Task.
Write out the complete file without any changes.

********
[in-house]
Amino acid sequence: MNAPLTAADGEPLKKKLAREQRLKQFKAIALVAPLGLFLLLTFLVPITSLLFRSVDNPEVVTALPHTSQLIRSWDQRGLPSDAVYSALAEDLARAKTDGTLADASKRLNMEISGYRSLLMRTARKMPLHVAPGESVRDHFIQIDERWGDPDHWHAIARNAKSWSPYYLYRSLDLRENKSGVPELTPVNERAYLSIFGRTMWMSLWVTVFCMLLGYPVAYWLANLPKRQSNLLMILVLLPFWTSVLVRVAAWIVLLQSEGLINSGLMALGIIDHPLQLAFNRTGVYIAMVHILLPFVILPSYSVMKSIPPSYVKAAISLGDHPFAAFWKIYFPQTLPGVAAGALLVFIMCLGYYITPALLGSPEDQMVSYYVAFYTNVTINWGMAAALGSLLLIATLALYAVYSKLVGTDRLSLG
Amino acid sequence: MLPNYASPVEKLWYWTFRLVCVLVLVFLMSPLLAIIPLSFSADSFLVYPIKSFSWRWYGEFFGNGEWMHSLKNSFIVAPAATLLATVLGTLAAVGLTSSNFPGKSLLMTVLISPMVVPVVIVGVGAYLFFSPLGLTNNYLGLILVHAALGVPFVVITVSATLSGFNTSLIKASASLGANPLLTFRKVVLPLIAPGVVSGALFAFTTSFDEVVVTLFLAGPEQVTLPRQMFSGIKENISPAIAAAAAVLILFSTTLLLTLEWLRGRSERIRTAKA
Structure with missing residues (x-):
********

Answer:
[in-house]
Amino acid sequence: MNAPLTAADGEPLKKKLAREQRLKQFKAIALVAPLGLFLLLTFLVPITSLLFRSVDNPEVVTALPHTSQLIRSWDQRGLPSDAVYSALAEDLARAKTDGTLADASKRLNMEISGYRSLLMRTARKMPLHVAPGESVRDHFIQIDERWGDPDHWHAIARNAKSWSPYYLYRSLDLRENKSGVPELTPVNERAYLSIFGRTMWMSLWVTVFCMLLGYPVAYWLANLPKRQSNLLMILVLLPFWTSVLVRVAAWIVLLQSEGLINSGLMALGIIDHPLQLAFNRTGVYIAMVHILLPFVILPSYSVMKSIPPSYVKAAISLGDHPFAAFWKIYFPQTLPGVAAGALLVFIMCLGYYITPALLGSPEDQMVSYYVAFYTNVTINWGMAAALGSLLLIATLALYAVYSKLVGTDRLSLG
Amino acid sequence: MLPNYASPVEKLWYWTFRLVCVLVLVFLMSPLLAIIPLSFSADSFLVYPIKSFSWRWYGEFFGNGEWMHSLKNSFIVAPAATLLATVLGTLAAVGLTSSNFPGKSLLMTVLISPMVVPVVIVGVGAYLFFSPLGLTNNYLGLILVHAALGVPFVVITVSATLSGFNTSLIKASASLGANPLLTFRKVVLPLIAPGVVSGALFAFTTSFDEVVVTLFLAGPEQVTLPRQMFSGIKENISPAIAAAAAVLILFSTTLLLTLEWLRGRSERIRTAKA
Structure with missing residues (x-):